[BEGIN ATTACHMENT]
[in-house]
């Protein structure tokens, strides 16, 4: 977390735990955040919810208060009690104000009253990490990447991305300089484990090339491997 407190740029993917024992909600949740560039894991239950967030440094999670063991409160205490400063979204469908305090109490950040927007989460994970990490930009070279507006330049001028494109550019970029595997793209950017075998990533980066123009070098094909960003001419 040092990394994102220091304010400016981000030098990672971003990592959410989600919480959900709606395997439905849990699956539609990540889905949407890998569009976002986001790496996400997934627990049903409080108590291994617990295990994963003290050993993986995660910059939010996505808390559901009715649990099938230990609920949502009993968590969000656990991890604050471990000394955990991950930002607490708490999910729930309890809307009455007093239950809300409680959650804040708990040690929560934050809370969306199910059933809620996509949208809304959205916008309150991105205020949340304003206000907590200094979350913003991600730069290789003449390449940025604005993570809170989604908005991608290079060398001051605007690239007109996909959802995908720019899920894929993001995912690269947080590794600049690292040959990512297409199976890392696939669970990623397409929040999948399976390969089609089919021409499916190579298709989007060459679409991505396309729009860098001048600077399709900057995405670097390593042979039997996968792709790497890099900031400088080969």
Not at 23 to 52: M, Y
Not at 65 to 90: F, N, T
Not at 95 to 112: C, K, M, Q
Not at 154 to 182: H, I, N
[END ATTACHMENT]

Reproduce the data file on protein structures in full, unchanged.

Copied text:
[in-house]
């Protein structure tokens, strides 16, 4: 977390735990955040919810208060009690104000009253990490990447991305300089484990090339491997 407190740029993917024992909600949740560039894991239950967030440094999670063991409160205490400063979204469908305090109490950040927007989460994970990490930009070279507006330049001028494109550019970029595997793209950017075998990533980066123009070098094909960003001419 040092990394994102220091304010400016981000030098990672971003990592959410989600919480959900709606395997439905849990699956539609990540889905949407890998569009976002986001790496996400997934627990049903409080108590291994617990295990994963003290050993993986995660910059939010996505808390559901009715649990099938230990609920949502009993968590969000656990991890604050471990000394955990991950930002607490708490999910729930309890809307009455007093239950809300409680959650804040708990040690929560934050809370969306199910059933809620996509949208809304959205916008309150991105205020949340304003206000907590200094979350913003991600730069290789003449390449940025604005993570809170989604908005991608290079060398001051605007690239007109996909959802995908720019899920894929993001995912690269947080590794600049690292040959990512297409199976890392696939669970990623397409929040999948399976390969089609089919021409499916190579298709989007060459679409991505396309729009860098001048600077399709900057995405670097390593042979039997996968792709790497890099900031400088080969």
Not at 23 to 52: M, Y
Not at 65 to 90: F, N, T
Not at 95 to 112: C, K, M, Q
Not at 154 to 182: H, I, N